The Buddhist University Dashi Choinkhorling (https://en.wikipedia.org/wiki/Ivolginsky_Datsan)

The graduate students at the university receive the diplomas of a “Lama theologian.” Those who continue their studies further can earn the degree of a “gabzha” and even a “geshe.” Some graduates continue their studies at the Drepung Gomang Datsan in India. Only there is it possible for them to receive the highest degree of Geshe Lharampa. The first and only Buryat Geshe Lharampa up until the present is Dobdon Maksarov (Gelong Lobsang Tenpa) from Tsugolsky Datsan. He received his degree in 2019. In 2020, he also received the Geshe Ngagrampa degree in tantra studies at the Gyume Tantric College in India.

There is also a second state-licensed Buddhist institution within the BTSR, the Aginsk Buddhist Academy, located on the grounds of Aginsky Datsan. This academy was started in 1993 as the School of Tibetan Medicine but was soon expanded to also include the faculties of Buddhist philosophy and thangka painting. Unlike the all-male Dashi Choinkhorling at Ivolginsky Datsan, the Aginsk Buddhist Academy is co-educational. 1994, it became affiliated with the Mentsikhang, the Tibetan Medical and Astrological Institute in Dharamsala, India. Still, it is a much smaller institution compared to the Dashi Choinkhorling University. Nowadays it has only two dozen students in the Tibetan Medicine faculty and no one at Philosophy Faculty.

Aginsk Buddhist Academy in 2016. Photo by A. Terentyev.

Social and Economic Activities

The production of felt is carried out these days at Ivolginsky Datsan. It is helpful for the sheep breeders as a way to utilize their extra stored wool. The BTSR at the dastan is also active in organizing national festivals and sport competitions such as national wrestling, archery, and so on. 

The other two Buryat umbrella organizations – the Buryat Buddhist Union and Maidar – have very little influence and are hardly noticeable in comparison with the BTSR. The same can be said about the Moscow-registered umbrella organization The Central Buddhist Board, which includes several local Buryat Buddhist societies, including the umbrella Buryat Buddhist Union. Presently it is headed by the veteran of the Soviet Government Council for Religious Affairs Dulma Shagdarova from Moscow.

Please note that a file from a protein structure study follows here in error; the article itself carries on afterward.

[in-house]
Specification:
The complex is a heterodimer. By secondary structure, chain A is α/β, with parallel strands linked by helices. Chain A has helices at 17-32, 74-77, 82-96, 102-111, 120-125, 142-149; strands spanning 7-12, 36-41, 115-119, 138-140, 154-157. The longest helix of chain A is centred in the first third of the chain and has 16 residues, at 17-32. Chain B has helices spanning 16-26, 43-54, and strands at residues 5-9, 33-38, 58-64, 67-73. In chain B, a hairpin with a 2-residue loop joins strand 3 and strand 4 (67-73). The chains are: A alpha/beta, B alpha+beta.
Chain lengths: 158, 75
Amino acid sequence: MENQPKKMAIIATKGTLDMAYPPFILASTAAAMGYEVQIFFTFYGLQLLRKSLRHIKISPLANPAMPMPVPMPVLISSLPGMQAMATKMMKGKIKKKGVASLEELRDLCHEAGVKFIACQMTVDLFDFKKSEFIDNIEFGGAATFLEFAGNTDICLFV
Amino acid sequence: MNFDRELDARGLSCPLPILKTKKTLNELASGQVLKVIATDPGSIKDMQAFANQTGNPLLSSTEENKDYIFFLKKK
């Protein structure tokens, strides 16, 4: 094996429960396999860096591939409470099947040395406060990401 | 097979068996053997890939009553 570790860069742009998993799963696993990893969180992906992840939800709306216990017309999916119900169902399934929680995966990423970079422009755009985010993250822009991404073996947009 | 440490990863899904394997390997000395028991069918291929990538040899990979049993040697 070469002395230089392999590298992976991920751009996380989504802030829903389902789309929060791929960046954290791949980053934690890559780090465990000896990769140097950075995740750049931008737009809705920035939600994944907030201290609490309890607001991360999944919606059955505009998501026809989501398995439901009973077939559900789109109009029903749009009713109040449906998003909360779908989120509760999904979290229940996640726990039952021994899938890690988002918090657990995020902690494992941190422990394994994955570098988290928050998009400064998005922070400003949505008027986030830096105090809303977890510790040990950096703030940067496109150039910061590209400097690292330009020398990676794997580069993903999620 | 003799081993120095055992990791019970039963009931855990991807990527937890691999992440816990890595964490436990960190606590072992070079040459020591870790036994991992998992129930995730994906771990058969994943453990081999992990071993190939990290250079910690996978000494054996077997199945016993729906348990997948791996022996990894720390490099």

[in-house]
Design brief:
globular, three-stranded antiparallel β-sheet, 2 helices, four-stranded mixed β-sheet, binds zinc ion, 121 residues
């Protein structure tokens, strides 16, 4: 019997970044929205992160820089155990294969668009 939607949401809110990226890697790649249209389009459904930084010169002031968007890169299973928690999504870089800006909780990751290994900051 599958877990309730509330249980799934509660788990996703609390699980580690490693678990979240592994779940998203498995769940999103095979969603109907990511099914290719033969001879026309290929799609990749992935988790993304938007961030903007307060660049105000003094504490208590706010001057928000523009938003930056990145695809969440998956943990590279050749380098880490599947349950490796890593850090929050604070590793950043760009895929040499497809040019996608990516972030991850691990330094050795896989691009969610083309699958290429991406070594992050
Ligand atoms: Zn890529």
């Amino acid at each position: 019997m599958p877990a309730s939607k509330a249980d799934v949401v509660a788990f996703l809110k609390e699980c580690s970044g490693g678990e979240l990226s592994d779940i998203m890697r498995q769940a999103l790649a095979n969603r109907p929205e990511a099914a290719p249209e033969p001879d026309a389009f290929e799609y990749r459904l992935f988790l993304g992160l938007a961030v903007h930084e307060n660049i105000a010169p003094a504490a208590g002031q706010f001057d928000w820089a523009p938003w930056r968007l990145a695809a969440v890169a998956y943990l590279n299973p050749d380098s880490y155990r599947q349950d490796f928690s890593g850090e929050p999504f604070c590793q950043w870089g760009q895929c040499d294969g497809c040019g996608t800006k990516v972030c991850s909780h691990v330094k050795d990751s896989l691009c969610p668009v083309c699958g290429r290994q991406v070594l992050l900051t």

However, a really influential spiritual alternative to the BTSR in Buryatia is the very popular Rinpoche Bagsha Datsan, headed by the experienced Tibetan lama Yelo Rinpoche. Here, they don’t produce felt but are centered on Dharma. Yelo Rinpoche gives teachings and initiations and performs rituals for the local people. There are even good facilities for longer retreats, available also for Buddhists from outside Buryatia. In the last decade, Yelo Rinpoche with the former Kalmyk Shajin Lama Telo Tulku Rinpoche managed to organize in New Delhi, India, and Riga, Latvia, regular yearly teachings by His Holiness the Dalai Lama for Russian citizens, as it was impossible for the Dalai Lama to come to the Russian Federation due to visa complications. Thousands of Russian Buddhists were extremely thankful to the organizers, while the BTSR never took part in organizing these meetings with the Dalai Lama. 

There are also Buddhist groups and associations that diverge from the old national Buryat traditions. For example, there are still some remains of the Dandaron group, repressed in the 1970s, as well as some dzogchen followers, and some centers of The Russian Association of the Diamond Way Buddhists of the Karma Kagyu Tradition.

It is also interesting to mention that the Buddhist “feminist” movement is quite noticeable in Ulan Ude. There is the female Buddhist society Green Tara and Datsan Zungan Darjaling for women, where the rituals are performed by the female genyenmas.

In addition, there are some cultural NGOs closely connected with Buddhism, such as The Friends of Tibet Society, The Agwan Dorjiev Foundation (closed in 2008), and the Dharmaraj Foundation, started in 2014 and devoted to the memory of Bidiya Dandaron.